OECD comes up with two scenarios for Turkey, bad and worse

OECD: Unless there is a 2nd wave of the virus, Turkey will be shrinking 4.8 percent this year

Organization for Economic Cooperation and Development (OECD) expects a 4.8 percent contraction for Turkey’s economy this year due to coronavirus pandemic. In case of a second wave in the virus pandemic, predicts that the slump will become more severe.

The OECD expects the economy of Turkey to contract 4.8 percent this year due to coronavirus pandemic. In case of a second wave in the virus pandemic, this contraction is predicted to be 8.1 percent.

In the condition that a second wave will not happen in 2021, there is a 4.3 percent growth forecast for Turkey’s economy. In the scenario where there is no second wave in the outbreak, the average consumer price expectation for 2020 is 10.6 percent and the expectation for 2021 is 9.1 percent.

The report stated that as the global measures against coronavirus epidemics began to be eased, the recovery path is very uncertain and the economies are fragile against the second wave.

OECD expects a 6 percent contraction in the world economy this year. The institution predicts that this shrinkage will reach 7.6 percent in the case of a second wave.

A few days before OECD, World Bank predicted a %3.8 slump in the economy, but raised its 2021 forecast to 5%. 

Summer will be critical for Turkish economy and Erdogan’s fortunes. He needs to steer the economy to rapid growth, as several polls express dissatisfaction with economic management, despite giving the administration high marks for its efficient handling of the epidemic.

Erdogan’s rapid growth plans may be frustrated by rising cases of Cvoid-19 in Ankara and South Eastern provinces, which may necessitate a second round of lock-downs. Tourism is unlikely to recover, as Germany advised its citizens not to travel outside EU borders. Russia, Middle East and Iran, which supply the bulk of tourists are all battling the epidemic and may not be able to send tourists.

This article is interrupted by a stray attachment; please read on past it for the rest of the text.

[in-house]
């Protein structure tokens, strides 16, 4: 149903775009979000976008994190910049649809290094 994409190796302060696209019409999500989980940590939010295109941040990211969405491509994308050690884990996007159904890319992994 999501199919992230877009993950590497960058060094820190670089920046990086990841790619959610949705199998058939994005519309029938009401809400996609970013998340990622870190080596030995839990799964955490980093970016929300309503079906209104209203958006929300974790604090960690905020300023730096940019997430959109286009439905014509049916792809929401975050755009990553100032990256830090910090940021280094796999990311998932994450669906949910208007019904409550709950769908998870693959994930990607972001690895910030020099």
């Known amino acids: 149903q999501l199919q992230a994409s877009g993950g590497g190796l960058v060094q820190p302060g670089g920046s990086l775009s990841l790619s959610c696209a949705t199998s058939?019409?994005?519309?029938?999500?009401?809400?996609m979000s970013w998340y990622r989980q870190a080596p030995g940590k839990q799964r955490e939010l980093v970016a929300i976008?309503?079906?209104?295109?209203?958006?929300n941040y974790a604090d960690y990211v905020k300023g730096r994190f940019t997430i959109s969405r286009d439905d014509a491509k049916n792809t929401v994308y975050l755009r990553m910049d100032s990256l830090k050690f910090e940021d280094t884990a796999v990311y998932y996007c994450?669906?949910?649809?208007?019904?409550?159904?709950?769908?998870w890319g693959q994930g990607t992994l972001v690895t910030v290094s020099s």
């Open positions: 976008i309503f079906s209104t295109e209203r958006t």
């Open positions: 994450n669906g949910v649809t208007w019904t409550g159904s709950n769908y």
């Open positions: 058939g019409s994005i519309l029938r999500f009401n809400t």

Erdogan has jumped gun in his haste to gear-up the economy, by promising to re-start costly and low-return mega-projects like Canal Istanbul, while investing more funds into gigantic “City Hospitals” which extract very expensive concessions from the Treasury to subside loss-making operations.  All these efforts are being financed money-printing by Central Bank. Monetary and fiscal stimulus may help Erdogan achieve his growth goals, but in case Covid-19 returns, excess money in the market is expected to spill into the foreign exchange market, triggering yet another round of  TL weakening.

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Published By: Atilla Yeşilada

GlobalSource Partners’ Turkey Country Analyst Atilla Yesilada is the country’s leading political analyst and commentator. He is known throughout the finance and political science world for his thorough and outspoken coverage of Turkey’s political and financial developments. In addition to his extensive writing schedule, he is often called upon to provide his political expertise on major radio and television channels. Based in Istanbul, Atilla is co-founder of the information platform Istanbul Analytics and is one of GlobalSource’s local partners in Turkey. In addition to his consulting work and speaking engagements throughout the US, Europe and the Middle East, he writes regular columns for Turkey’s leading financial websites VATAN and www.paraanaliz.com and has contributed to the financial daily Referans and the liberal daily Radikal.